Larry Eardley, UCCSN, interjected that the intent of the Working Group was to equalize salaries between the two universities over three biennia, but not more than five.  After each biennium, a review of the difference in faculty salaries would be noted then they would apply for that amount during the next biennium.  Dr. Anderes acknowledged that a mechanism would have to be identified in this process that would clearly identify which positions received the equity adjustments to make sure there was no “game-playing” with the use of those dollars.


Regarding instructional operating/wages, the UCCSN presently received funding on a per-faculty basis.  The proposal would be to have a similar amount for faculty and classified employees on a per FTE basis.  Continuing, Dr. Anderes said there were many ways that funds were consumed within instruction, but there needed to be a mechanism that was consistent.


Dr. Anderes said that it was recommended that the full-time/part-time ratios at community colleges be changed from a 60:40 ratio to a 65:35 ratio.  Elaborating, Dr. Anderes pointed out that the 1986 funding study recommended a 70:30 ratio but there was significant costs in making those changes so a middle ground was sought.  It was important to place the community college at a level that was attaining a higher number of full-time faculty.


Looking at Teaching Assistants, Dr. Anderes advised that currently there were no teaching assistants at the community colleges so it was been proposed that funding be added to retain teaching assistants at the community colleges.


Dr. Anderes concluded his comments regarding the recommended changes to the Instruction funding formula.  He acknowledged that this category had more “add-ons” than any of the other categories; yet there were off-sets such as the elimination of equipment and equipment maintenance.


Turning to Academic Support categories, Dr. Anderes said the Working Group was interested in obtaining a closer relationship between the professional, classified staffing and the number of faculty.  Presently, that relationship does not exist; two professional and one classified positions were provided for Vice Presidents, and one professional and one classified position was provided for each college or school.  However, if there was 200 faculty or 1000 faculty, there would be a major difference on what was needed for staffing support.  Therefore, it would be more sensible to develop an index that aligned the number of classified positions and academic support.  In addition, it was recommended that the existing 6.5 percent operating cost within Academic Support be increased to 7.5 percent which would be applied to academic advisement and technology.  Dr. Anderes pointed out that technology was interspersed throughout all the formulas in order to place technology into support positions.  In other words, a specific technology formula will not be devised; rather technology will be placed within various functional areas.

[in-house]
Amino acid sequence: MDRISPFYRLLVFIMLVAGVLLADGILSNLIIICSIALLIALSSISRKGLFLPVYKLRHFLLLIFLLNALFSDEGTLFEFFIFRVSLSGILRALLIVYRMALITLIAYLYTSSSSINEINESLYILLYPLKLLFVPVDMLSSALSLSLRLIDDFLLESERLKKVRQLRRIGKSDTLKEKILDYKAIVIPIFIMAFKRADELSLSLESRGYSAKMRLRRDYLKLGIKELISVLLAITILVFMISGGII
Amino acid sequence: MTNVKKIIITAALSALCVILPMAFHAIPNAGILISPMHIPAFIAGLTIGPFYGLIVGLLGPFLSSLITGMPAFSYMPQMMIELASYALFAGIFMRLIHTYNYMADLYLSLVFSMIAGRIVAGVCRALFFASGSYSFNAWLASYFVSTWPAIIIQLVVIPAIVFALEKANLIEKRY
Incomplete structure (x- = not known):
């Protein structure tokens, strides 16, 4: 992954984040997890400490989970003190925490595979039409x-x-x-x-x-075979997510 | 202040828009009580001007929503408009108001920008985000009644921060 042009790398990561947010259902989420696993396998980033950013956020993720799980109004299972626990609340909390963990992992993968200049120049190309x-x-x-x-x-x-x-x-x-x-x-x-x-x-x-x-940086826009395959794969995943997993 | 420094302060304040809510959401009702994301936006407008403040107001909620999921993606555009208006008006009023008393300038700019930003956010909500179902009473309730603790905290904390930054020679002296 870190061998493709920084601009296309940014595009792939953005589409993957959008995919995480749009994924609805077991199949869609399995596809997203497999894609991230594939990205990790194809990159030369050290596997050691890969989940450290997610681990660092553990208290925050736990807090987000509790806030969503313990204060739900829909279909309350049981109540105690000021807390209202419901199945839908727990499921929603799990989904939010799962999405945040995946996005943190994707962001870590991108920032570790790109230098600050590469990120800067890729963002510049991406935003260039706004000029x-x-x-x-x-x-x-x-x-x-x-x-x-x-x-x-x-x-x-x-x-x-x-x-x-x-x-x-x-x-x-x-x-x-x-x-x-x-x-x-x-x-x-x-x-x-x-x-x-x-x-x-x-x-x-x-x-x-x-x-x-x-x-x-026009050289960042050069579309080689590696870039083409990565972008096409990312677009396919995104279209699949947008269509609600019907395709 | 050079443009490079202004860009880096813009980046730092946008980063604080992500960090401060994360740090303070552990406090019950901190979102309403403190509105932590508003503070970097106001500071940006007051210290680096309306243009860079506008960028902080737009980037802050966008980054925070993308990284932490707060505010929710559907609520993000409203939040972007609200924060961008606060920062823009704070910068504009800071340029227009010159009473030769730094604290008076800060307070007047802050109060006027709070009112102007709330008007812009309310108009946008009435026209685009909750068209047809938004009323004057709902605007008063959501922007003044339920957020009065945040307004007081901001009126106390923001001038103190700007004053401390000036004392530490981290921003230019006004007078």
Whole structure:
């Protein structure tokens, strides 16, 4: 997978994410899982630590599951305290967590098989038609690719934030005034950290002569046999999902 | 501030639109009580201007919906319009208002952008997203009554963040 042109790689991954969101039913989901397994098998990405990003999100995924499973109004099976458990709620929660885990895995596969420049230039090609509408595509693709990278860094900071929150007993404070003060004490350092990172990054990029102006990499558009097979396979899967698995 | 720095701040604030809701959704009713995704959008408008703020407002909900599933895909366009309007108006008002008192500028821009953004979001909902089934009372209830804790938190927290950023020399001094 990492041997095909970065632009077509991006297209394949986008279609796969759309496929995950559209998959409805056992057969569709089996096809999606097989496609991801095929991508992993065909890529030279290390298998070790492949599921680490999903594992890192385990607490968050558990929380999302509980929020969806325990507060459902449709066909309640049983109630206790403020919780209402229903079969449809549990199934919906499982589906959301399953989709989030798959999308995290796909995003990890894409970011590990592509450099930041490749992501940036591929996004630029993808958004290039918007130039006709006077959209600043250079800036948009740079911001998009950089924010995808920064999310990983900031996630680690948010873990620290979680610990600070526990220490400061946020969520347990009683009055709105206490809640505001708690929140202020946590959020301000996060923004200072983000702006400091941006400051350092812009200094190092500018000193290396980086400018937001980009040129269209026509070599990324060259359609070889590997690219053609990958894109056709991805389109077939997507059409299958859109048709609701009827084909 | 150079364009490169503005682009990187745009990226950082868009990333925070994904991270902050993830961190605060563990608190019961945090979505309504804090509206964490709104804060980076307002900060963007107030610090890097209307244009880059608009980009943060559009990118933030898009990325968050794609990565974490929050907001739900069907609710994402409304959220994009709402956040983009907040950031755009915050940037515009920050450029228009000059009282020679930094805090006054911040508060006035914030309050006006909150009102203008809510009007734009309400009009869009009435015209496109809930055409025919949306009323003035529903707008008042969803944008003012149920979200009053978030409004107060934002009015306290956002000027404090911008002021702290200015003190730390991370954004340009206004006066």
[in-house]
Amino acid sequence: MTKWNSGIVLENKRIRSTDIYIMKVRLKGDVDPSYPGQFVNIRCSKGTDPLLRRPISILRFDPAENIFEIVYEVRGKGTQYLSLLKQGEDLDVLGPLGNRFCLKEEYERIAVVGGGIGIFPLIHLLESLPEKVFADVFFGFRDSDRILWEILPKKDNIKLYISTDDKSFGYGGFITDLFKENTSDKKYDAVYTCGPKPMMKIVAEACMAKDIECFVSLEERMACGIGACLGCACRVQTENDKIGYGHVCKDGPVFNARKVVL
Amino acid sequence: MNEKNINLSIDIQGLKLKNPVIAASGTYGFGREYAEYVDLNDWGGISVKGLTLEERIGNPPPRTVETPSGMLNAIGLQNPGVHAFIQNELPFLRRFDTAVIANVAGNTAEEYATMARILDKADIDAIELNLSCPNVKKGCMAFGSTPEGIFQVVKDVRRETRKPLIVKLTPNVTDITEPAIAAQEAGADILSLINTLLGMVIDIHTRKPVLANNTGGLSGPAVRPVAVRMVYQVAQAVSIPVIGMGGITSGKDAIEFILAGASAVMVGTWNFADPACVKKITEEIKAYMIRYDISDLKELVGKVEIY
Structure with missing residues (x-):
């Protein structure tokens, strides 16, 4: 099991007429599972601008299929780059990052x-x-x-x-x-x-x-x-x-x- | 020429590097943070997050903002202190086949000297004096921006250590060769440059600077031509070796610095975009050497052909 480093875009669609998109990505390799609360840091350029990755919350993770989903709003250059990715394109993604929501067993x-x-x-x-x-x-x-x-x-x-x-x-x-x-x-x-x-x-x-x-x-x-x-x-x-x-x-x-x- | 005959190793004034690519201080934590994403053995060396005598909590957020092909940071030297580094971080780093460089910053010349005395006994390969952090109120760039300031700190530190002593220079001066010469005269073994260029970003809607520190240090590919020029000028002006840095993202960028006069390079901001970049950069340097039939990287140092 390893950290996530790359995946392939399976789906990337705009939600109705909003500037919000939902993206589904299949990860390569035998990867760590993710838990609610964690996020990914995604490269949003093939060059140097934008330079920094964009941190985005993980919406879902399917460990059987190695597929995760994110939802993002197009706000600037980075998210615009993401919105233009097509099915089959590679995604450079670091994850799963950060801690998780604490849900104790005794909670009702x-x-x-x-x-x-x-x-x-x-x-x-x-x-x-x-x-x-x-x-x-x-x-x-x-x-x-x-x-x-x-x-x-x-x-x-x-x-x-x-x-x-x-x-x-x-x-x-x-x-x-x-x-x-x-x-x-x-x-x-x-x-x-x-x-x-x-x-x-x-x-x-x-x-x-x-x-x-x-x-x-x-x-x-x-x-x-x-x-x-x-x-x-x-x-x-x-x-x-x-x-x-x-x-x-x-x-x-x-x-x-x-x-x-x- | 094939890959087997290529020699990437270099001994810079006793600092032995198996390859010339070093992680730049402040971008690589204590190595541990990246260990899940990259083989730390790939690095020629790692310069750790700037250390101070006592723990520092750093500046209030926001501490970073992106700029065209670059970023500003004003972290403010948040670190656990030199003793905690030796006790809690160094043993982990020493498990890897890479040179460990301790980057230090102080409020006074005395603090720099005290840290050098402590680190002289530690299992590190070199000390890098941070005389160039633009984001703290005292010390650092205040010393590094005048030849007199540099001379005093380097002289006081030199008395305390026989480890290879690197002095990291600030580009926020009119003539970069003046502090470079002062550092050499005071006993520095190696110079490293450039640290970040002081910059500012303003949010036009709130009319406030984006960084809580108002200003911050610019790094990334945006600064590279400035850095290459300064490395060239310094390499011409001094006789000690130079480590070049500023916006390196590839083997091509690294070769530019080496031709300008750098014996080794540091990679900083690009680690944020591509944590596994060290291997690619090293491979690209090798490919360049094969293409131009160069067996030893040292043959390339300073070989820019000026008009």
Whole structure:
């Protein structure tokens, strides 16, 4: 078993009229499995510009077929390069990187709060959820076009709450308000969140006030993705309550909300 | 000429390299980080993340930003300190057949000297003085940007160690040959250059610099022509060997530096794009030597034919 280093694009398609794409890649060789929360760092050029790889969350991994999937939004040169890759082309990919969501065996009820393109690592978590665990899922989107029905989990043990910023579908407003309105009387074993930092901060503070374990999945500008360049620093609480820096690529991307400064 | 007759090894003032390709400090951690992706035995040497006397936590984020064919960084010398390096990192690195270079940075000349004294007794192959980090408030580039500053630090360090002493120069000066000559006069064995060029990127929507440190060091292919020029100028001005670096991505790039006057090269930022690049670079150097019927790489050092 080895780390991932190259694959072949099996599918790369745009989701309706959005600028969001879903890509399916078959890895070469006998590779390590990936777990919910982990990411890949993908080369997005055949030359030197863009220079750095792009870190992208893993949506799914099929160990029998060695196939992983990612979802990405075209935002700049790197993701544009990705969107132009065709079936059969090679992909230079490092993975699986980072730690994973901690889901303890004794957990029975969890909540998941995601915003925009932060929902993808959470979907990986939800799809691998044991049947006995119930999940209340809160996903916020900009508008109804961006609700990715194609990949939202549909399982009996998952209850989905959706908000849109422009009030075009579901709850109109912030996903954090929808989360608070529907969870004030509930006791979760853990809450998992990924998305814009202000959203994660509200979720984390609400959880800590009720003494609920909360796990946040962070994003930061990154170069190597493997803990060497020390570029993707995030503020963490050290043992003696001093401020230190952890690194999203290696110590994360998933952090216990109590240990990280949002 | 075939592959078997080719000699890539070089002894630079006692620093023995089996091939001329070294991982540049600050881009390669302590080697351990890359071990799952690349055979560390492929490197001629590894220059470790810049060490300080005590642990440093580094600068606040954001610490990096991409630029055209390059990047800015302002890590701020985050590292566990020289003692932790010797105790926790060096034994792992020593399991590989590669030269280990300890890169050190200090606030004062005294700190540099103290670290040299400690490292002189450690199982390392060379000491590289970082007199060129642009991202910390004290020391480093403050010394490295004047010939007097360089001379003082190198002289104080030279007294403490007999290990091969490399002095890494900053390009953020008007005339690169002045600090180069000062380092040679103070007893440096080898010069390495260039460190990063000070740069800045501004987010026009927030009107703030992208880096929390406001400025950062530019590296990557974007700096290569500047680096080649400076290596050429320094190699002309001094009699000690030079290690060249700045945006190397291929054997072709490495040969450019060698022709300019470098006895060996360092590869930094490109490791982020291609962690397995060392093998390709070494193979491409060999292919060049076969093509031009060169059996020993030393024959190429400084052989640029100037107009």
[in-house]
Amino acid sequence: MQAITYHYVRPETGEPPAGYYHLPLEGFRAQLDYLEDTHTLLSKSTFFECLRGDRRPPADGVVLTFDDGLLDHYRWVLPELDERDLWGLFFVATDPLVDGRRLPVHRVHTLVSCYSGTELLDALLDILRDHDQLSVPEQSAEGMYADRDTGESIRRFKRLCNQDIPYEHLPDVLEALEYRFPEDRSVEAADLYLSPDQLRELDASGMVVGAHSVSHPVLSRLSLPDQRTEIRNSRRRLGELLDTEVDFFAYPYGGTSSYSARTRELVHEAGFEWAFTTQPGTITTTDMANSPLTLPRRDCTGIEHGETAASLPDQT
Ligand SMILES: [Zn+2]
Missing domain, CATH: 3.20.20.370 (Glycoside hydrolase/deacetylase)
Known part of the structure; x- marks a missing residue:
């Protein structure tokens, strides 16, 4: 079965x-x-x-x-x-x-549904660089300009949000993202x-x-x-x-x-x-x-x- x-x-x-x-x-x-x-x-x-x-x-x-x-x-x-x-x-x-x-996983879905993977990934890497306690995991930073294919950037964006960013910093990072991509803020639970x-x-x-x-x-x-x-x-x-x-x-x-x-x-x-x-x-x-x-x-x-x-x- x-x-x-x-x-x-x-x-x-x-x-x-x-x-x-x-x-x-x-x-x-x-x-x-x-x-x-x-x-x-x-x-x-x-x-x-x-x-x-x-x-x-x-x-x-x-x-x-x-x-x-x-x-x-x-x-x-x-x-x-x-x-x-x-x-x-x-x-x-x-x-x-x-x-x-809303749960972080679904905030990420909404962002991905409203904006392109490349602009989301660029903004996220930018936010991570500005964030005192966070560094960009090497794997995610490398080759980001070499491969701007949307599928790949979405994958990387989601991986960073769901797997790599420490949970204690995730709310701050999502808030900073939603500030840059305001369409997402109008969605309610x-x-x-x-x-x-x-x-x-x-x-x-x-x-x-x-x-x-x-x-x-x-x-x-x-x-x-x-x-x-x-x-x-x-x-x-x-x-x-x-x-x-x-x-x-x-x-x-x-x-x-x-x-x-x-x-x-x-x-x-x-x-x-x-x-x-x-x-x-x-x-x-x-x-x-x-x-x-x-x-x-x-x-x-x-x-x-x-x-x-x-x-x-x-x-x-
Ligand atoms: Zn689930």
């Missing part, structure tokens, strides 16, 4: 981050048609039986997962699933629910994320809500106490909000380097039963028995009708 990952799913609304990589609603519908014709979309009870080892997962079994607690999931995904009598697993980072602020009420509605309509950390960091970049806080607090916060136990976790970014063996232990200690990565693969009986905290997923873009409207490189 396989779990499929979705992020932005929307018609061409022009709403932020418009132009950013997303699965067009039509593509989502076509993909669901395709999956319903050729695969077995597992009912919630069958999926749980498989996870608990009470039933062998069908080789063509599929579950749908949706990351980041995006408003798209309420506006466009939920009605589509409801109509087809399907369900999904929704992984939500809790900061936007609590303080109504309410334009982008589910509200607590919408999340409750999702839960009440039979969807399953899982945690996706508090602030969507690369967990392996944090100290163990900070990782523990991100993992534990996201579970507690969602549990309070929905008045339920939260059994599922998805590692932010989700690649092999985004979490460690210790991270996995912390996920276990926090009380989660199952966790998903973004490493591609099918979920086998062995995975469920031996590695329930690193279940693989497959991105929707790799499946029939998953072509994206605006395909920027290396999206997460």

Dr. Anderes directed the Committee to Academic Support for Community Colleges.  He stated that the Working Group was recommending that the formulas in this category be altered from CCSN, TMCC and WNCC at 20 percent and GBC at 25 percent, to CCSN and TMCC at 30 percent, and GBC and WNCC at 35 percent.  He said the differentials were shown for economies of scale so the larger institutions would receive a relatively smaller percentage.  Also, as GBC and WNCC grew and obtained a particular level of FTE’s, those percentages would then equate to CCSN and TMCC.


On a national level, Library Support falls under the umbrella of academic support.  The most significant change in this area was to have library operating/wages at $5,500 per FTE at the universities and $4,000 at Nevada State College at Henderson, and workstation replacements of $1,000 per FTE (locating the workstations by function). 


Dr. Anderes commented that Library Acquisitions was an interesting category.  He informed the Committee that there was a national formula that was used quite extensively, the Clapp-Jordan formula, which has been in existence for approximately 20 years and the UCCSN has been using that formula.  It was recommended that the acquisition rate be reduced from 5 percent to 3.5 percent.   Dr. Anderes estimated that this reduction would drive hundreds of thousands of dollars less on the acquisition rate.  Mr. Eardley interjected that he did not know the exact amount but it would be a significant decrease.  He added that the Working Group has discussed revisiting the actual formula drivers that developed the volumes.   Further, Mr. Eardley emphasized that Library Acquisitions generated a lot of money and in consideration that this would be accomplished over a short period of time, the Working Group thought that reducing the rate would greatly help.  However, upon revisiting the subject, it was noted that the formula generated a number of volumes for the institutions and those volumes would still be generated but the acquisition rate would be reduced yet still meet the need of the institutions.

Dr. Anderes said the community colleges would like to move from an elevated standard in Library Acquisitions with Learning Resource Center standards that have been used since 1986 to a more focused and immediate standard related to accreditation standards and the size of collections that are tied to program mix and institutional size.